The Métis visionary never fully comes to life in this book.

CUTHBERT GRANT

An illustrated biography of an early-19th-century Métis leader.

Alas, a fascinating life does not make a fascinating read in this book about Cuthbert Grant (1793-1854), mixed-race son of a Scottish fur-trader father and Métis mother. Author Lindstrom (Turtle Mountain Band of Ojibwe Indians) presents Grant here as a man ahead of his time due to his combined Indigenous and Western education. With a foot in both worlds, he gains influence in powerful business circles and rises to help his people through the creation of a Métis town known as Grantown in the wake of laws that prevented them from hunting the buffalo. Notably, the story positions him as loyal to the fur trade. He is a champion of the Métis and protector of the hunt, though his reasoning goes beyond tradition to commercial concerns. The frequently digressive text mentions both the death of his father and the tragic disappearance of his wife and child with flat language that does little to invest readers. The battles and wars are mentioned in passing, and little attention is given to the competing value systems of the era. If Grant was passionate, conflicted, or angry, readers do not feel it. Illustrator Woods (Long Plain First Nation) gives this dryly factual biography all of its color, combining the occasional photo with vivid, textured paintings. (This book was reviewed digitally with 9-by-22.8-inch double-page spreads viewed at 22% of actual size.)

The Métis visionary never fully comes to life in this book. (author's note, bibliography) (Biography. 8-12)

Pub Date: Oct. 22, 2020

ISBN: 978-1-4788-6866-8

Page Count: 64

Publisher: Reycraft Books

Review Posted Online: Sept. 29, 2020

Kirkus Reviews Issue: Oct. 15, 2020

Did you like this book?

No Comments Yet

Inspirational but occasionally unclear.

JUST LIKE ME

Gooding's debut profiles 40 famous people with disabilities.

The author, a mother of children with disabilities, opens the book with a note about her desire to find role models for her children. To that end, she alphabetically introduces racially diverse disabled people from around the world and throughout history. Diagnoses range from autism to limb difference. Historical figures include Japanese peace advocate Sadako Sasaki, who developed leukemia after the bombing of Hiroshima, and American abolitionist Harriet Tubman, who led fellow slaves to freedom despite epilepsy. Contemporary figures include athletes, authors, and entertainers: Polio survivor and Paralympian Malathi Krishnamurthy-Holla remains "one of the fastest female Indian athletes in a wheelchair"; Japanese nonverbal author Naoki Higashida penned popular books describing autism; English actor Daniel Radcliffe deals with dyspraxia, a coordination disorder; and Australian Madeline Stuart is the first professional model with Down syndrome. Each profile begins with an uplifting quote and concludes with a sidebar explaining the subject’s disability. Unfortunately, some sidebars emphasize colloquial over scientific terms. For instance, Stephen Hawking’s disability is named eponymously (Lou Gehrig's disease), “also known as ALS,” instead of with its scientific name, amyotrophic lateral sclerosis. Occasionally, vague phrasing creates confusion, such as when the author writes that a speech-generating device enabled Hawking to communicate by using a “touchpad.” (A hand clicker became his primary input method.) Various illustrators’ realistic renditions of smiling subjects complement the upbeat (albeit somewhat dry) text.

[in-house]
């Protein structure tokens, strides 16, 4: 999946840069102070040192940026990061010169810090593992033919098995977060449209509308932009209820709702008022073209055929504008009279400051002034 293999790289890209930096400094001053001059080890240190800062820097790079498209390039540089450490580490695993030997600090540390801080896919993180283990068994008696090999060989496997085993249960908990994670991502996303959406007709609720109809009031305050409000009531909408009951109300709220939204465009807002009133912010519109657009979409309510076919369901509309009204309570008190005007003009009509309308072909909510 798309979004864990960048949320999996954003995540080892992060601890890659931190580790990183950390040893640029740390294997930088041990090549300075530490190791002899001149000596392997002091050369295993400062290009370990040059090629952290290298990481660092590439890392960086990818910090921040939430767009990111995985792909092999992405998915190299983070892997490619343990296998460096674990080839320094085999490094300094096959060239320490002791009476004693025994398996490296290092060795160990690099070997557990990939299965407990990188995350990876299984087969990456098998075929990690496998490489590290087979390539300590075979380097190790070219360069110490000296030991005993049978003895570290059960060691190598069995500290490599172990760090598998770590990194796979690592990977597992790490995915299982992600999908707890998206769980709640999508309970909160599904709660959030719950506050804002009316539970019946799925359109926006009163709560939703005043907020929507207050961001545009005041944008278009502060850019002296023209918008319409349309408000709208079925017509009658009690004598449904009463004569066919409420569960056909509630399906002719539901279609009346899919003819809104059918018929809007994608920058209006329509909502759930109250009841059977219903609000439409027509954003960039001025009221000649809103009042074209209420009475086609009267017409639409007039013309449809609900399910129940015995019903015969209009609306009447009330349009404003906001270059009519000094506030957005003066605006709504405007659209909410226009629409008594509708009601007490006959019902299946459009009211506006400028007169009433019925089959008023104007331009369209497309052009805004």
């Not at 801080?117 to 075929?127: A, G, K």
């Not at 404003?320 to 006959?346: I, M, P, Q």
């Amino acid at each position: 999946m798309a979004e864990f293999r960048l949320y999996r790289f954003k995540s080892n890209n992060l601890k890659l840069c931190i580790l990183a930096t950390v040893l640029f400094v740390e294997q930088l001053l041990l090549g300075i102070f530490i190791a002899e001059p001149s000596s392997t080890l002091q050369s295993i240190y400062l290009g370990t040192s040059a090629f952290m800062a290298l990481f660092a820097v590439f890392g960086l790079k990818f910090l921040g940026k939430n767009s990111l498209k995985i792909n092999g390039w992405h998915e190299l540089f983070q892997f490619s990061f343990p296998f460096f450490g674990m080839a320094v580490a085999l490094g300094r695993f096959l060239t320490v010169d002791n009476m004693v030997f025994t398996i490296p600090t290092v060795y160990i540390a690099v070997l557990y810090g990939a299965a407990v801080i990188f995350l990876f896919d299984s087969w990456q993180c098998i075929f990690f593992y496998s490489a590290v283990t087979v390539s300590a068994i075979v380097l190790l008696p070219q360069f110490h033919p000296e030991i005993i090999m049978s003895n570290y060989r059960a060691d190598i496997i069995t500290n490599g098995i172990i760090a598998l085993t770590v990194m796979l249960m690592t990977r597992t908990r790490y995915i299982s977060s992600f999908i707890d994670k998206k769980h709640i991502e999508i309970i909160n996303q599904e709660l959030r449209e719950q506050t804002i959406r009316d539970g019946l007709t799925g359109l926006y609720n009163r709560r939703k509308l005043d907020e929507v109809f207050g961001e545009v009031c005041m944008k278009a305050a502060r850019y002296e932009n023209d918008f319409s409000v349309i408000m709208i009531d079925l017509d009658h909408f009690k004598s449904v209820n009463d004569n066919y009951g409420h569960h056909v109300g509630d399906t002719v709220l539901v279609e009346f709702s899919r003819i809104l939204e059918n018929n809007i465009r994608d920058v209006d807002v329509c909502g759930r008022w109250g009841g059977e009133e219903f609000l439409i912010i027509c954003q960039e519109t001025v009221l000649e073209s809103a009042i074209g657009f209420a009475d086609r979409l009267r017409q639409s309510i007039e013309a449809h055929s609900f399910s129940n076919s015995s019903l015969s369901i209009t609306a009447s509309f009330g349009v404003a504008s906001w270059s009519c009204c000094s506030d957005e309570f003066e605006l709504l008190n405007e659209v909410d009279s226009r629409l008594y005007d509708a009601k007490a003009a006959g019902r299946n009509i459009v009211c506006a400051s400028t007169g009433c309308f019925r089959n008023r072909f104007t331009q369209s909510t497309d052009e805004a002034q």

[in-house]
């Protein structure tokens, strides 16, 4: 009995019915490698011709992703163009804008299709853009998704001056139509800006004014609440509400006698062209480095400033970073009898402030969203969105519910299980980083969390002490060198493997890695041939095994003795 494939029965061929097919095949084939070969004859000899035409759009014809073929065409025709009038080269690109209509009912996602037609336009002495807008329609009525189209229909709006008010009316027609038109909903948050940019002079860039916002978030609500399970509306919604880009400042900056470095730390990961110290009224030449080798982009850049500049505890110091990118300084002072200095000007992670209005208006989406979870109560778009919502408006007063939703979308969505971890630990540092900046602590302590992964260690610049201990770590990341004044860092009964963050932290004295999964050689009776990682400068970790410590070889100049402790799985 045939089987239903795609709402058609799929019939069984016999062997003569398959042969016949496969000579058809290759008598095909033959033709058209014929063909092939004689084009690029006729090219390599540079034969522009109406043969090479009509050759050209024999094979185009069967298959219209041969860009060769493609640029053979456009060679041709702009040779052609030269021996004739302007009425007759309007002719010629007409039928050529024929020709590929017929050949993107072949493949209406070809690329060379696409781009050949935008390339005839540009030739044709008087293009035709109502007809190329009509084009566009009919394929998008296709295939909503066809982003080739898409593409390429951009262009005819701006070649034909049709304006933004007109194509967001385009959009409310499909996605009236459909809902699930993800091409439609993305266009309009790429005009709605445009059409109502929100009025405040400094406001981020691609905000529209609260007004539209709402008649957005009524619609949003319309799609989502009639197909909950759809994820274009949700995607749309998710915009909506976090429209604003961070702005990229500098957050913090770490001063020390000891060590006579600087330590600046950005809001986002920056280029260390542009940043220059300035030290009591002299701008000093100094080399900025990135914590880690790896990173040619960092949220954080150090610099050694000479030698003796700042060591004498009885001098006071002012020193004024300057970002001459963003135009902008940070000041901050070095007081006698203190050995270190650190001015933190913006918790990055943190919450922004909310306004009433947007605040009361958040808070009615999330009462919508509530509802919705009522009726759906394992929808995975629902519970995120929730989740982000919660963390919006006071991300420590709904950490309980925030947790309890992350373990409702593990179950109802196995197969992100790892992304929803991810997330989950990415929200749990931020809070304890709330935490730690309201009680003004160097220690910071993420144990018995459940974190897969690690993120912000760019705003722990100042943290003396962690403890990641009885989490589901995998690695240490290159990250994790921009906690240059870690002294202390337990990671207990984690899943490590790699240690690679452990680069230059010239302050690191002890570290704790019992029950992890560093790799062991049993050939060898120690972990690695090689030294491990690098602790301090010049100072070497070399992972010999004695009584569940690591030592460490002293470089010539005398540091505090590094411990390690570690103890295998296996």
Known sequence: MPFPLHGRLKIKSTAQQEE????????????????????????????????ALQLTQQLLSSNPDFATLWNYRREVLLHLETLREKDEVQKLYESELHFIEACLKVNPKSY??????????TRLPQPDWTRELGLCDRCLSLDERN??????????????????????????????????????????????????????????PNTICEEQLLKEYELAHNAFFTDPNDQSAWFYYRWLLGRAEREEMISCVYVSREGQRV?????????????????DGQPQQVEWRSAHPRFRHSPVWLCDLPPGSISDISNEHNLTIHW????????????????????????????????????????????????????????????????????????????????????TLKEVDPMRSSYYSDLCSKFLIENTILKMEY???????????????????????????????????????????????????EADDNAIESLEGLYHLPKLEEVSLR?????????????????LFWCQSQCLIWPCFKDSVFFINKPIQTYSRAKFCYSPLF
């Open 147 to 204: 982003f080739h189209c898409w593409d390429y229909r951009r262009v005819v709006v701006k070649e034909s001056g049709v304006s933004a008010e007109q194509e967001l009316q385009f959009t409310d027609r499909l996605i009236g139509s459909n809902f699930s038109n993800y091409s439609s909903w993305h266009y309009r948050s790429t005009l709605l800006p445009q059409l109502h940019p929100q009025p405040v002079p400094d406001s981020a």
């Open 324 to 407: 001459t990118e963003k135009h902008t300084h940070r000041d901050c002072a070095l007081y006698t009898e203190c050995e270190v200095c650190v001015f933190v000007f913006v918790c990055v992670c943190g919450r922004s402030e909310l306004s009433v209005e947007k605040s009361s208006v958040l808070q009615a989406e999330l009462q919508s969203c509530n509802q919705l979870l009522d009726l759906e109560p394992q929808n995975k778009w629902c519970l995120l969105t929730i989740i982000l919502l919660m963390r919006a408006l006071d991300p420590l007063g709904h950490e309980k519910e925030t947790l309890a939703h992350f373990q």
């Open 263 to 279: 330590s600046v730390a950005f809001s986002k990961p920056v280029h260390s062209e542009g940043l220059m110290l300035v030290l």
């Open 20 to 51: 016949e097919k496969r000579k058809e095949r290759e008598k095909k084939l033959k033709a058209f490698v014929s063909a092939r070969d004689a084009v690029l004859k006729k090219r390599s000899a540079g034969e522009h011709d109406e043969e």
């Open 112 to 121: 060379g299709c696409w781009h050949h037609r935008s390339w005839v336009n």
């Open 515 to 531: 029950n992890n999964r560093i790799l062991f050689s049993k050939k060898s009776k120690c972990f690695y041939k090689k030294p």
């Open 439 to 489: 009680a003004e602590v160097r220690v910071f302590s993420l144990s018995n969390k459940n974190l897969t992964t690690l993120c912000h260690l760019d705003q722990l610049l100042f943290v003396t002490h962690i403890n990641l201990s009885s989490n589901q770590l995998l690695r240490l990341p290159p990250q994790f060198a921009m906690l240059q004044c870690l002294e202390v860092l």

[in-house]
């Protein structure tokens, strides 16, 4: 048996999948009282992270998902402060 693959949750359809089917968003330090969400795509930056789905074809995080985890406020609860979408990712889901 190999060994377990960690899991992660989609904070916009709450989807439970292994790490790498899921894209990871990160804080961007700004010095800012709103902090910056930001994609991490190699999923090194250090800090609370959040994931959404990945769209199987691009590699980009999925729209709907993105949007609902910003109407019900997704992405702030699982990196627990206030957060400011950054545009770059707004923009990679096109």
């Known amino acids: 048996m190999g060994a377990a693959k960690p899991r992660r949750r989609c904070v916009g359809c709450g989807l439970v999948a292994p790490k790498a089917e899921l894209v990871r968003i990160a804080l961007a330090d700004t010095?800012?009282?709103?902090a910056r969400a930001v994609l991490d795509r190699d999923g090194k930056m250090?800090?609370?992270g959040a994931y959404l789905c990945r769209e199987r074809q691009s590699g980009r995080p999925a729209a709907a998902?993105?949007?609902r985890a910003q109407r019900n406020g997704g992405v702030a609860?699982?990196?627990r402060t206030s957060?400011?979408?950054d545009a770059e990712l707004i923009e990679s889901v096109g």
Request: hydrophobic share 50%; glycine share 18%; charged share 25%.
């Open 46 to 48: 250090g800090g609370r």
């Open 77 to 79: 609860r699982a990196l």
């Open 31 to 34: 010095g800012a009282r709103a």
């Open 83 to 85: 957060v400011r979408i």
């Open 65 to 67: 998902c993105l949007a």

Inspirational but occasionally unclear. (glossary, quote sources) (Collective biography. 8-10)

Pub Date: Nov. 1, 2021

ISBN: 978-1-78741-848-6

Page Count: 96

Publisher: Bonnier/Trafalgar

Review Posted Online: Oct. 13, 2021

Kirkus Reviews Issue: Nov. 1, 2021

Did you like this book?

Good for aspiring writers and artists.

OUR STORY BEGINS

YOUR FAVORITE AUTHORS AND ILLUSTRATORS SHARE FUN, INSPIRING, AND OCCASIONALLY RIDICULOUS THINGS THEY WROTE AND DREW AS KIDS

Twenty-six notable authors and illustrators of children’s books—including the book’s editor—introduce themselves via their childhood memories.

The short, straightforward introduction begins with the editor sharing her inspiration for the book: reading through her oldest writings, stored in “a box in a basement,” and reflecting that other creators have similar boxes. Two years of interviewing, collecting, and collating produced the accessible, enjoyable text that follows. Each creator shares a childhood photograph, a brief memoir, a short biography, and a photographed sample of a creative work from childhood. The order of presentation is determined by the age at which the creative work was accomplished, ranging from 7 to 16. The art and writing samples from childhood are occasionally exciting but more often typical of the age represented—and thus encouraging rather than intimidating to young creatives. The memoirs—all (unsurprisingly) engaging—range from humorous to serious, and some slip in good advice, both about the tools of the craft and about self-marketing. There is a wide diversity of ages and backgrounds, from Phyllis Reynolds Naylor to Alex Gino, from Eric Rohmann to Rita Williams-Garcia. Thanhhà Lai is especially memorable; as a Vietnamese refugee, she had no box of writings: “But it turns out, I don’t need tangible objects. I have my memories.” Her recollection of an oral prose poem from age 8 is one that stands out because it is indeed remarkable for one so young.

Good for aspiring writers and artists. (Collective memoir. 8-12)

Pub Date: July 4, 2017

ISBN: 978-1-4814-7208-1

Page Count: 208

Publisher: Atheneum

Review Posted Online: April 17, 2017

Kirkus Reviews Issue: May 1, 2017

Did you like this book?

No Comments Yet
more